Re: General broadsides and agendas

Mr. E (jackechs@EROLS.COM)
Fri, 2 Feb 1996 19:44:06 -0500

There are also quite a few feminist discussion listservs as well as
newgroups that maybe more appropriate.

At 11:36 AM 02/02/96 -0400, Kotliar wrote:
> I don't think it is helpful to launch general broadsides against
>"feminism" and "radical feminism" etc. etc. That would be equivalent as
>labelling any critic of any work labelled as "feminist" as being a
>"Reactionary", "Radical Hominists", Male Supramacist" etc. You might as
>well use terms like "Pig face" and "Mush brain" to make your arguments. If
>there is a particular scholar whose ideas you wish to engage, engage their
>ARGUMENTS directly and specifically with counter arguments ("You suck"
>doesn't count). The strength of the Internet is its ability to circumvent
>the mass media tendency towards soundbites and mudslinging. I hear radical
>used an an adjective agaisnt Republicans, feminists, economists etc. but
>the term is less informative than it is inflammatory. Radical compared to
>whom? Statements like "Feminists have gone beyond the laudable aims of the
>early advocates women's rights". What does this mean? Which Feminist
>agenda? Which feminists support this? Which specific aims of this
>"agenda" are objectable? Reproductive freedom? Advocating for better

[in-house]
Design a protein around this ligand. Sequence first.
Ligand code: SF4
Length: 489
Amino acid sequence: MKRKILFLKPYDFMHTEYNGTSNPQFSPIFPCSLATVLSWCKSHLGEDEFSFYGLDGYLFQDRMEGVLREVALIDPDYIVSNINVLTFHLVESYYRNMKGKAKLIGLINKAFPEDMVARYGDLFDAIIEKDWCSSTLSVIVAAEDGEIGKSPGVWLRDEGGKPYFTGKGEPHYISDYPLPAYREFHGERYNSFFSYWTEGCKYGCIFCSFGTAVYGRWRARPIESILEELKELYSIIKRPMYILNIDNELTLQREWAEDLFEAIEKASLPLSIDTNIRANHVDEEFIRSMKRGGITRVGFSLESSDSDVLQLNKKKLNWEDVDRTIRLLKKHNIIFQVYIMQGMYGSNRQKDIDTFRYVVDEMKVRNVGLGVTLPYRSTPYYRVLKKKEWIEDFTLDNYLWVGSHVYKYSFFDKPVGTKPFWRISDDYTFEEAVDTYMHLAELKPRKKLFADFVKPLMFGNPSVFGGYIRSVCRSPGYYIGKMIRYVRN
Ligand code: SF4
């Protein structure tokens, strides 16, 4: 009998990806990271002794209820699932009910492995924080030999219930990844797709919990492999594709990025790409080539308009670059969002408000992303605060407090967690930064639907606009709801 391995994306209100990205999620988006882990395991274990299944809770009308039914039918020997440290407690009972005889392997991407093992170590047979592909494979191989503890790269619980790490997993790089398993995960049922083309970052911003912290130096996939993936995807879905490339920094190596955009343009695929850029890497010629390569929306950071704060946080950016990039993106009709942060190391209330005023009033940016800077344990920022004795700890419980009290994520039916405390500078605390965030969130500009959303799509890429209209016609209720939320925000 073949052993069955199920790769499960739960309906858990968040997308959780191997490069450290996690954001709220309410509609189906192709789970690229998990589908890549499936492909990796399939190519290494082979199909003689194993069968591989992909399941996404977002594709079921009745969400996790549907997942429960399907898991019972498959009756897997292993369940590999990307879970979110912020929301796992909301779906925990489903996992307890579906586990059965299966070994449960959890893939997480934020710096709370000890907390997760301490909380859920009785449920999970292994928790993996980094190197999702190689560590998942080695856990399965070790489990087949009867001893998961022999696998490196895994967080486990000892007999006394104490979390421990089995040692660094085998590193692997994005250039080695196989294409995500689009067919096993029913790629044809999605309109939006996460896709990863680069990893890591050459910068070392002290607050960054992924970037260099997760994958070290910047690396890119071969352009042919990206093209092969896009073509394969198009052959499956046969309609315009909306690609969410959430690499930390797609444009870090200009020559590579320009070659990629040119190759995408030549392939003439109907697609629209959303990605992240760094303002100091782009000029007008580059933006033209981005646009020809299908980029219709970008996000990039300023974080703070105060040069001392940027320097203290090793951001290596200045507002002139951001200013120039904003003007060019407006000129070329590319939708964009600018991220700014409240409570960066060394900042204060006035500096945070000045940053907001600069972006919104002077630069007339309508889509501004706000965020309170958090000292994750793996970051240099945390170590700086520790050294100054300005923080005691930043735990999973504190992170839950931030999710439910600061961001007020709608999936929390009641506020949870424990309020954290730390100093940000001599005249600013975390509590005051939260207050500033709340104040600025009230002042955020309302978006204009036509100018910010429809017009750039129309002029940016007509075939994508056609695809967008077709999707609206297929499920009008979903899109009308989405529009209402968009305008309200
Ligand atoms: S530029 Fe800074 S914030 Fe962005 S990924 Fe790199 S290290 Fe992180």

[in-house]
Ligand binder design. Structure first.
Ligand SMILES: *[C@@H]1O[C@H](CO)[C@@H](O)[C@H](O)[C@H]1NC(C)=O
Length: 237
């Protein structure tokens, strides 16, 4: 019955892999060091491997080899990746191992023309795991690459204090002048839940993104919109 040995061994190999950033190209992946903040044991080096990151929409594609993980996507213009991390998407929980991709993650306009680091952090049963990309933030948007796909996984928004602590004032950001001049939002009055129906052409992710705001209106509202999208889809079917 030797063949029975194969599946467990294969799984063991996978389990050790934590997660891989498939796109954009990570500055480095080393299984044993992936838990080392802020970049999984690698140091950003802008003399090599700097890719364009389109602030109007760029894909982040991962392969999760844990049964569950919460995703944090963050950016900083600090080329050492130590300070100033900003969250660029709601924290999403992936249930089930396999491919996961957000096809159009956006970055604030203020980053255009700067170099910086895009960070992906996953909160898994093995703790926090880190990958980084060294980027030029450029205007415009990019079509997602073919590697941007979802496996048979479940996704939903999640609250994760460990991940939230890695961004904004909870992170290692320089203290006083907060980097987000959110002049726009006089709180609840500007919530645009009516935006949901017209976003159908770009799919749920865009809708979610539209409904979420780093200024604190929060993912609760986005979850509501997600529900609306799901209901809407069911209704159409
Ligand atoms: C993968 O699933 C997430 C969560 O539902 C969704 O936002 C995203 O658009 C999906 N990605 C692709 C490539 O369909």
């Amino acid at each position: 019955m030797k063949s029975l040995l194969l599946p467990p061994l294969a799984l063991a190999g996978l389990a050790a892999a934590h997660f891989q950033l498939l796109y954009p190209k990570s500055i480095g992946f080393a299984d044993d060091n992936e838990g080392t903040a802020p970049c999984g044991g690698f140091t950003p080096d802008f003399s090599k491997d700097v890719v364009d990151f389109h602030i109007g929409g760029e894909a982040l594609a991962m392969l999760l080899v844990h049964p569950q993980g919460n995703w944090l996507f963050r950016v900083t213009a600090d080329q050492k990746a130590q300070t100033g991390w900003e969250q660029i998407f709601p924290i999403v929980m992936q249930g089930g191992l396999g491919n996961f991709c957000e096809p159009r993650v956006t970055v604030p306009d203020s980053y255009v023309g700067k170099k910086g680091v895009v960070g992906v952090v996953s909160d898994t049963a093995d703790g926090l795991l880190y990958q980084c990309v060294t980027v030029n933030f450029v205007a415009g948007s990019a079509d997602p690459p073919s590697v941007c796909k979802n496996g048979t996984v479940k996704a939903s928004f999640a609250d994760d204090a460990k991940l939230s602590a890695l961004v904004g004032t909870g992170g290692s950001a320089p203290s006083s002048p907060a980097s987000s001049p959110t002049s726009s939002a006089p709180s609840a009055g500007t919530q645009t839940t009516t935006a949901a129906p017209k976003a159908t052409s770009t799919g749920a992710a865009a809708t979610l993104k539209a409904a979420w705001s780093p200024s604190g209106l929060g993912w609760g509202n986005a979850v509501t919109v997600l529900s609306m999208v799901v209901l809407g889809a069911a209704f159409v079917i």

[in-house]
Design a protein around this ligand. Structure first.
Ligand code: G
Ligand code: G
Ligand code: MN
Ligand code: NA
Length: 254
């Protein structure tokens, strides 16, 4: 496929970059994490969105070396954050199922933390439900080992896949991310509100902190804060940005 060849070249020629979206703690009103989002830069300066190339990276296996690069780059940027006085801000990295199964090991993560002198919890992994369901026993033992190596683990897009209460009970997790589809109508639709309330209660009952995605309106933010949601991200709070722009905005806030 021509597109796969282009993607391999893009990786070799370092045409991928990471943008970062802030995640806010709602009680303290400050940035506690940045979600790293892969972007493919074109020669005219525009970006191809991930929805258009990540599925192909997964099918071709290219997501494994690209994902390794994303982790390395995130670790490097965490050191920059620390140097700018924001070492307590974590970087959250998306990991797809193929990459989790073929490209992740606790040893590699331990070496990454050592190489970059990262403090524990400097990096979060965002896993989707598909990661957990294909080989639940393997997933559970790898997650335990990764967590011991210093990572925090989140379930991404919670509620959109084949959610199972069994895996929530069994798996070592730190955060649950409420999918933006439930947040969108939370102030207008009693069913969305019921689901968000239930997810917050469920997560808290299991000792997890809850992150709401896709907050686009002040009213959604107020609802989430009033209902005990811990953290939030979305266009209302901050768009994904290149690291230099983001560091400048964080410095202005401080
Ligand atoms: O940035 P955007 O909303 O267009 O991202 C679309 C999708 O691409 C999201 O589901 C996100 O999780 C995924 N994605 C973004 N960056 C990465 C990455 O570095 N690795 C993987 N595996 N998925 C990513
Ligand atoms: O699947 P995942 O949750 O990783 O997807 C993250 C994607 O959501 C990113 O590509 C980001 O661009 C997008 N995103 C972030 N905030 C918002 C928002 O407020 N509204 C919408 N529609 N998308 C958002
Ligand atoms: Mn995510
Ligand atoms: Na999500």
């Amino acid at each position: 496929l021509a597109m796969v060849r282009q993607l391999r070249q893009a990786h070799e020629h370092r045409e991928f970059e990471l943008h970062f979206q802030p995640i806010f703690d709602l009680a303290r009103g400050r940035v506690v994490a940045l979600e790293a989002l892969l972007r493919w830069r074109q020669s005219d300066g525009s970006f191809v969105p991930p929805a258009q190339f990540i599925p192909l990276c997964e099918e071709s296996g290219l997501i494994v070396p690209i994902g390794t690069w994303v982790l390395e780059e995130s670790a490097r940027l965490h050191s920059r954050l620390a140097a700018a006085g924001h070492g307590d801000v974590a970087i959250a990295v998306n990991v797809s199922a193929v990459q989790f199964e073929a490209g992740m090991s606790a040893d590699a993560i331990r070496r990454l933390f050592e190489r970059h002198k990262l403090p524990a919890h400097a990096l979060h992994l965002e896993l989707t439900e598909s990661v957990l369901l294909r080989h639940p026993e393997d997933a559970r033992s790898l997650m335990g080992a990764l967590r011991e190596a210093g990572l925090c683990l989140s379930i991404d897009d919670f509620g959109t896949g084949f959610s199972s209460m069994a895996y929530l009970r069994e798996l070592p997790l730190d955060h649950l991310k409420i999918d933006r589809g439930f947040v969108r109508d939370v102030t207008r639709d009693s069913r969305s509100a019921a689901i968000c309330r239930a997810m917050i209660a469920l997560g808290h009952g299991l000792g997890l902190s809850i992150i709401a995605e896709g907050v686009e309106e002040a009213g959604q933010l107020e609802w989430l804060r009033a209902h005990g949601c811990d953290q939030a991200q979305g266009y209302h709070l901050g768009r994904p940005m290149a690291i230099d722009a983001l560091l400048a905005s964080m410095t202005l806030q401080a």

>child-care opportunities? Protecting wives and husbands from spousal
>battery? Allowing greater flexibilty for gender roles? Trying to eliminate
>favortism and bias towards males in primary schools? Freedom of the
>individual to select an adult sexual partner appropriate to preference and
>not the specifications of State and community?
> Is the extension of freedoms and opportunity the objectionable
>"agenda", or is not the "agenda" but the particular methods of particular
>activists which are objectionable? If you answer "They are all the same",
>and cannot come up with any particular incidents, objections or arguments
>but only exhibit a gut feeling of reaction and antipathy, than perhaps
>there is an "agenda" at work here. We have met the enemy and it is us.
> Since this is an anthropology list, perhaps it might be more
>interesting to various members to discuss the cultural aspects of
>perceptions and attitudes towards feminism in the various societies that
>members of the list belong. For example in the States many women are
>loathe to identify themselves as feminists, yet are in broad agreement with
>many of the goals of modern feminists. Is this the case in other
>societies? I think there is much anthropological fodder here.